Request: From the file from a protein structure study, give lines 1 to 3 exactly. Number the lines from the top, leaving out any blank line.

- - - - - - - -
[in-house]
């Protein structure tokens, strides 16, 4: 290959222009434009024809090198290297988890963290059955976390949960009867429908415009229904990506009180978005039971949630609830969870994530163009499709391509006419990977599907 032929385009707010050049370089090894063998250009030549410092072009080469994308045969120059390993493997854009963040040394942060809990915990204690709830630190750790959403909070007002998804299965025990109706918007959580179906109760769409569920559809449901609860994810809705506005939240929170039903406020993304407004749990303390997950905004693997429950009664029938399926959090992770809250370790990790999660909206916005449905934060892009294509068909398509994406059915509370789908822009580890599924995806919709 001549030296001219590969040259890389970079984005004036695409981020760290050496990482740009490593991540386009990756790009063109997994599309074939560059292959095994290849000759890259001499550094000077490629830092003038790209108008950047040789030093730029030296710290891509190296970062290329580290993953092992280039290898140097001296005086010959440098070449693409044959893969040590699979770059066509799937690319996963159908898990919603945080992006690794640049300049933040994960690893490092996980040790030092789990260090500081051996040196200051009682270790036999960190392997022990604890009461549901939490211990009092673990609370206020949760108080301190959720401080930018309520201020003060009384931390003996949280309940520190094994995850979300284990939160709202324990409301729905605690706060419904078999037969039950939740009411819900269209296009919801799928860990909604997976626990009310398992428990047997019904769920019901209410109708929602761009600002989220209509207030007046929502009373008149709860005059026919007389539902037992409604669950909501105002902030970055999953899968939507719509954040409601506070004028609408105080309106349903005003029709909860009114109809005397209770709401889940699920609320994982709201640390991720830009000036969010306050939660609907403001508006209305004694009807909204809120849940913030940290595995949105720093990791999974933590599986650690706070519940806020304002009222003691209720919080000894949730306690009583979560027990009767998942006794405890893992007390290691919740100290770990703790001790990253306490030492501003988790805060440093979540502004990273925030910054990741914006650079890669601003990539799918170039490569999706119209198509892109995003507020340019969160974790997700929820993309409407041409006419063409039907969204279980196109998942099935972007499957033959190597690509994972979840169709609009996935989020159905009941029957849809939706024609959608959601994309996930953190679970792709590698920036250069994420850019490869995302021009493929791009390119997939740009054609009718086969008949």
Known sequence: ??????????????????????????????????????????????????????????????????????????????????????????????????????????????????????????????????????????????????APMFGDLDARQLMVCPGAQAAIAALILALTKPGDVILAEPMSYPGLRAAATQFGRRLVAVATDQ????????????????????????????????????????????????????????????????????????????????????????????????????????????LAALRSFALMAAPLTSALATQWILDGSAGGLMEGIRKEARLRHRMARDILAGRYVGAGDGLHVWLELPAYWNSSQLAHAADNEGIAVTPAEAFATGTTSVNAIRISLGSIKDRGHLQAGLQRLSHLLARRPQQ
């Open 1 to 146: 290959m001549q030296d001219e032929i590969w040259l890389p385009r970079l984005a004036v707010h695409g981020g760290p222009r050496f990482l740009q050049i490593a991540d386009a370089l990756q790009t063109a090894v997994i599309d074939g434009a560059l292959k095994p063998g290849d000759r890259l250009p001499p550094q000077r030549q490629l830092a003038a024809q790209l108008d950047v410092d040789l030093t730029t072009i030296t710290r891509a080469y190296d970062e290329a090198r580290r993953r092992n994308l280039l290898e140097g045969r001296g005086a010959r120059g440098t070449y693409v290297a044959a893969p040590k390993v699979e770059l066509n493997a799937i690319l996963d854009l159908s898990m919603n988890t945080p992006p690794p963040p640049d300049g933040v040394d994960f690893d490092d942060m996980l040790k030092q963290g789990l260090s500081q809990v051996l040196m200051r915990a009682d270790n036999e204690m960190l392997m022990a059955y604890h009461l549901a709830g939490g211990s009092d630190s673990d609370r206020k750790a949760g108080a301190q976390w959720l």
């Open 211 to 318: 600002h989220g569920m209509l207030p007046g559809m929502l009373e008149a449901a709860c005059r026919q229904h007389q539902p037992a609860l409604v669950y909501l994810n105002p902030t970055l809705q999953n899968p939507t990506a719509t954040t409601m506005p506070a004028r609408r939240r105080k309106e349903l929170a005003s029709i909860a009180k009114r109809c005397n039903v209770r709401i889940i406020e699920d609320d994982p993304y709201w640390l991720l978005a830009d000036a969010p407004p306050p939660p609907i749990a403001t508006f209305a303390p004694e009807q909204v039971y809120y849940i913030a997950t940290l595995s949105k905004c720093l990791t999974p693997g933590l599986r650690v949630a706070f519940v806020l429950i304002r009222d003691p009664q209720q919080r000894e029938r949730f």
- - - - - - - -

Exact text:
[in-house]
């Protein structure tokens, strides 16, 4: 290959222009434009024809090198290297988890963290059955976390949960009867429908415009229904990506009180978005039971949630609830969870994530163009499709391509006419990977599907 032929385009707010050049370089090894063998250009030549410092072009080469994308045969120059390993493997854009963040040394942060809990915990204690709830630190750790959403909070007002998804299965025990109706918007959580179906109760769409569920559809449901609860994810809705506005939240929170039903406020993304407004749990303390997950905004693997429950009664029938399926959090992770809250370790990790999660909206916005449905934060892009294509068909398509994406059915509370789908822009580890599924995806919709 001549030296001219590969040259890389970079984005004036695409981020760290050496990482740009490593991540386009990756790009063109997994599309074939560059292959095994290849000759890259001499550094000077490629830092003038790209108008950047040789030093730029030296710290891509190296970062290329580290993953092992280039290898140097001296005086010959440098070449693409044959893969040590699979770059066509799937690319996963159908898990919603945080992006690794640049300049933040994960690893490092996980040790030092789990260090500081051996040196200051009682270790036999960190392997022990604890009461549901939490211990009092673990609370206020949760108080301190959720401080930018309520201020003060009384931390003996949280309940520190094994995850979300284990939160709202324990409301729905605690706060419904078999037969039950939740009411819900269209296009919801799928860990909604997976626990009310398992428990047997019904769920019901209410109708929602761009600002989220209509207030007046929502009373008149709860005059026919007389539902037992409604669950909501105002902030970055999953899968939507719509954040409601506070004028609408105080309106349903005003029709909860009114109809005397209770709401889940699920609320994982709201640390991720830009000036969010306050939660609907403001508006209305004694009807909204809120849940913030940290595995949105720093990791999974933590599986650690706070519940806020304002009222003691209720919080000894949730306690009583979560027990009767998942006794405890893992007390290691919740100290770990703790001790990253306490030492501003988790805060440093979540502004990273925030910054990741914006650079890669601003990539799918170039490569999706119209198509892109995003507020340019969160974790997700929820993309409407041409006419063409039907969204279980196109998942099935972007499957033959190597690509994972979840169709609009996935989020159905009941029957849809939706024609959608959601994309996930953190679970792709590698920036250069994420850019490869995302021009493929791009390119997939740009054609009718086969008949």
Known sequence: ??????????????????????????????????????????????????????????????????????????????????????????????????????????????????????????????????????????????????APMFGDLDARQLMVCPGAQAAIAALILALTKPGDVILAEPMSYPGLRAAATQFGRRLVAVATDQ????????????????????????????????????????????????????????????????????????????????????????????????????????????LAALRSFALMAAPLTSALATQWILDGSAGGLMEGIRKEARLRHRMARDILAGRYVGAGDGLHVWLELPAYWNSSQLAHAADNEGIAVTPAEAFATGTTSVNAIRISLGSIKDRGHLQAGLQRLSHLLARRPQQ